The term "blood count" is often misunderstood by non-medical people. When the term is used by medical professionals it is usually referring to what is called the Complete Blood Count (CBC). This is the calculation of all of the cellular components or formed elements of a person's blood. It includes the number and distribution of the red cells, white cells and platelets, as well as the hematocrit and hemoglobin values. The white cell count is also differentiated into the various types of white cells.
When non-medical people refer to their "blood count" they are usually referring to just their hemoglobin or hematocrit values. The hematocrit is the ratio of red blood cells to the total blood volume, and is given as a percentage of the whole blood volume. The hemoglobin is the oxygen-carrying molecule within the red blood cells. Its value is given in units of weight, namely, the number of grams of hemoglobin in a liquid measure of blood. In the US and Canada it is grams per deciliter (g/dL), but in Europe grams per liter (g/L) is the preferred scale.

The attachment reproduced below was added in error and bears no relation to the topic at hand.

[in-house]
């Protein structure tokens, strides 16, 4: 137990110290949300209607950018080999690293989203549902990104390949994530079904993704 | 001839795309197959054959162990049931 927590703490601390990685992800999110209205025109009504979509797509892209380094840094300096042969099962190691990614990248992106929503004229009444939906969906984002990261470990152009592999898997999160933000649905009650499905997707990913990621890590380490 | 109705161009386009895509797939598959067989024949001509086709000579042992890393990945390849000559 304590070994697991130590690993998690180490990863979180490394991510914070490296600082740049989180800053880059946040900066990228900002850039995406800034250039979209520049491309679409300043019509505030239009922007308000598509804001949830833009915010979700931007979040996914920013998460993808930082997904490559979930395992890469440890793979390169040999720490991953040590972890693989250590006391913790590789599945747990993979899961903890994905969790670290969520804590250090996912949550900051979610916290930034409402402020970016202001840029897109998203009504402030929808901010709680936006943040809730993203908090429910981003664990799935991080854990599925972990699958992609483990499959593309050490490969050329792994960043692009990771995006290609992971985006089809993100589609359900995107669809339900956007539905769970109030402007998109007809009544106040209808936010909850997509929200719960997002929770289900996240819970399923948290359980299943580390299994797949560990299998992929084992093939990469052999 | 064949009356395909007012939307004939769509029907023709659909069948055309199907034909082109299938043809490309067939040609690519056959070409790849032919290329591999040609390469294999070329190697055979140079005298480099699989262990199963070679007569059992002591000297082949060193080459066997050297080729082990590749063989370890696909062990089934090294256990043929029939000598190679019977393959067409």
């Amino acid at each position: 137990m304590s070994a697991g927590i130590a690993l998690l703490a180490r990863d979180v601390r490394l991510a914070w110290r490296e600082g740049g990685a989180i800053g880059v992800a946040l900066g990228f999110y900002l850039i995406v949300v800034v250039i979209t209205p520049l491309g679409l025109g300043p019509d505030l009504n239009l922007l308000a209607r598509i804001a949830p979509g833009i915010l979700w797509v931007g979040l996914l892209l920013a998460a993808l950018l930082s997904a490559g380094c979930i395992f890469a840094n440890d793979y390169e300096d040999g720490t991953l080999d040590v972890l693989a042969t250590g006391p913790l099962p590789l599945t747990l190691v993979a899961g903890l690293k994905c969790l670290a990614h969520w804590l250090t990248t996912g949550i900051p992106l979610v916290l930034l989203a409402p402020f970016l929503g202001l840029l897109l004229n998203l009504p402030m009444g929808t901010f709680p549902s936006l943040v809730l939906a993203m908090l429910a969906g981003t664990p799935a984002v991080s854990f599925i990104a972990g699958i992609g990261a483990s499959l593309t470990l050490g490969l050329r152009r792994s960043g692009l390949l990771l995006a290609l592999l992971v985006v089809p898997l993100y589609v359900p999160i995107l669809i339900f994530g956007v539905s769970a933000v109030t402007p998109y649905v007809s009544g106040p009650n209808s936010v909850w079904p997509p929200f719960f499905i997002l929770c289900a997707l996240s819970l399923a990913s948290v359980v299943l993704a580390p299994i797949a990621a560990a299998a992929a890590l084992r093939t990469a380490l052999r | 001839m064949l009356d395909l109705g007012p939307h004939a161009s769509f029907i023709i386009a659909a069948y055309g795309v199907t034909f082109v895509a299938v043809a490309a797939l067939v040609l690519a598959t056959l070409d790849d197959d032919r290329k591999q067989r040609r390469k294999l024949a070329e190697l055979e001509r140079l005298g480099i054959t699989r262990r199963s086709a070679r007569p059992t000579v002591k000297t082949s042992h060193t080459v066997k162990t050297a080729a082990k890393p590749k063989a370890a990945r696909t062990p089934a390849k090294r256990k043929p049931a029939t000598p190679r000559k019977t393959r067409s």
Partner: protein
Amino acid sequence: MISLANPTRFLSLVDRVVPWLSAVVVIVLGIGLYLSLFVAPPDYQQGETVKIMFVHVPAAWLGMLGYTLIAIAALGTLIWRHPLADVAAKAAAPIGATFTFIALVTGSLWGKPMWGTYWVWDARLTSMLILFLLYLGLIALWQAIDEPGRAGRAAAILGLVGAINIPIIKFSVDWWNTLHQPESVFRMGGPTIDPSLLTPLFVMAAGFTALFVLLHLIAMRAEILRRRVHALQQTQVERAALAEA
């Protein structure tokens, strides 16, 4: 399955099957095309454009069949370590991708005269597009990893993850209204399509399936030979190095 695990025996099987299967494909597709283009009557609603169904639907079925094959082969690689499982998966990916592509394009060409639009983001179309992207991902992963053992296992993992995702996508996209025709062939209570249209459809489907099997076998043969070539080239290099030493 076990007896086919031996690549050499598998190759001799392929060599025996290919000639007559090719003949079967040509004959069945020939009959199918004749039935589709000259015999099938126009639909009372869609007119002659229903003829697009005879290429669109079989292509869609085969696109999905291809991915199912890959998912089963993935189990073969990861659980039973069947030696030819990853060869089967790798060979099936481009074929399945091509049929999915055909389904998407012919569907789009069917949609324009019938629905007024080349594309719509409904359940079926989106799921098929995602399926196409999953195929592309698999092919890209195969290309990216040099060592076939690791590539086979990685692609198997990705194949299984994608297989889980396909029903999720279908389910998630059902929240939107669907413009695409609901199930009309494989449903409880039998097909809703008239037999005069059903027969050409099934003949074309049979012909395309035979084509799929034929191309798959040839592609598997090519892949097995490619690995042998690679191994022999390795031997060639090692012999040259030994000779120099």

- The normal hemoglobin values for a male range from 13 g/dL to 18 g/dL, with an average of 15 g/dL.
- The normal hemoglobin values for a female range from 12 g/dL to 16 g/dL, with an average of 14 g/dL.
- The normal hematocrit for a male ranges from 45% to 52%, with an average of 48%.
- The normal hematocrit for a female ranges from 37% to 48%, with an average of 42%.
In the past, a hemoglobin of 10 g/dL, or a hematocrit of 30% was considered the trigger for the transfusion of red blood cells to correct anemia prior to surgery. However, these days a more conservative approach is favored by many clinicians, and transfusion decisions are now more likely to be made after evaluating the patient's overall condition. Patients without cardiovascular disease, diabetes or other underlying problems have survived with hemoglobin values as low as 1.4 g/dL (See The Transfusion Trigger - Indications for Red Cell Therapy)